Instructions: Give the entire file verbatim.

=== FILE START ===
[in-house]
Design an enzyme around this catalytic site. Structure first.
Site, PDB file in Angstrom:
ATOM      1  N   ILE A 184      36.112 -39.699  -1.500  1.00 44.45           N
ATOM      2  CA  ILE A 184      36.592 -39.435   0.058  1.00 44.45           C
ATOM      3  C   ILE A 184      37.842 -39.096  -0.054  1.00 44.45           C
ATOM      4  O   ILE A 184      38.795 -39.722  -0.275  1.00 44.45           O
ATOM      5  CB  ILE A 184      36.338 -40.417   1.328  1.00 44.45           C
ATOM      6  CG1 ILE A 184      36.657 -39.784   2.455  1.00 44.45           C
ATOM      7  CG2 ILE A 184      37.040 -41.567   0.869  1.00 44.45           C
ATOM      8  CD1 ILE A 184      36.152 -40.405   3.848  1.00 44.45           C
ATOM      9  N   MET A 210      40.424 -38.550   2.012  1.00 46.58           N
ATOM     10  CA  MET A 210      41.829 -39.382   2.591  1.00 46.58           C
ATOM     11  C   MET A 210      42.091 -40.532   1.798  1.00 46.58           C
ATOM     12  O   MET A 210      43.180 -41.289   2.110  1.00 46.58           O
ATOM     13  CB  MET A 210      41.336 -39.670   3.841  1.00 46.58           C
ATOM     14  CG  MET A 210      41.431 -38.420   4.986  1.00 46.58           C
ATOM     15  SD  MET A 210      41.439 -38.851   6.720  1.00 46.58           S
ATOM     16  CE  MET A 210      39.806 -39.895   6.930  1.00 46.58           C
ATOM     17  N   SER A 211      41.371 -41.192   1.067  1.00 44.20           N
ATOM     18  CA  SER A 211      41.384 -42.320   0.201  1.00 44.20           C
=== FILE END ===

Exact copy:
[in-house]
Design an enzyme around this catalytic site. Structure first.
Site, PDB file in Angstrom:
ATOM      1  N   ILE A 184      36.112 -39.699  -1.500  1.00 44.45           N
ATOM      2  CA  ILE A 184      36.592 -39.435   0.058  1.00 44.45           C
ATOM      3  C   ILE A 184      37.842 -39.096  -0.054  1.00 44.45           C
ATOM      4  O   ILE A 184      38.795 -39.722  -0.275  1.00 44.45           O
ATOM      5  CB  ILE A 184      36.338 -40.417   1.328  1.00 44.45           C
ATOM      6  CG1 ILE A 184      36.657 -39.784   2.455  1.00 44.45           C
ATOM      7  CG2 ILE A 184      37.040 -41.567   0.869  1.00 44.45           C
ATOM      8  CD1 ILE A 184      36.152 -40.405   3.848  1.00 44.45           C
ATOM      9  N   MET A 210      40.424 -38.550   2.012  1.00 46.58           N
ATOM     10  CA  MET A 210      41.829 -39.382   2.591  1.00 46.58           C
ATOM     11  C   MET A 210      42.091 -40.532   1.798  1.00 46.58           C
ATOM     12  O   MET A 210      43.180 -41.289   2.110  1.00 46.58           O
ATOM     13  CB  MET A 210      41.336 -39.670   3.841  1.00 46.58           C
ATOM     14  CG  MET A 210      41.431 -38.420   4.986  1.00 46.58           C
ATOM     15  SD  MET A 210      41.439 -38.851   6.720  1.00 46.58           S
ATOM     16  CE  MET A 210      39.806 -39.895   6.930  1.00 46.58           C
ATOM     17  N   SER A 211      41.371 -41.192   1.067  1.00 44.20           N
ATOM     18  CA  SER A 211      41.384 -42.320   0.201  1.00 44.20           C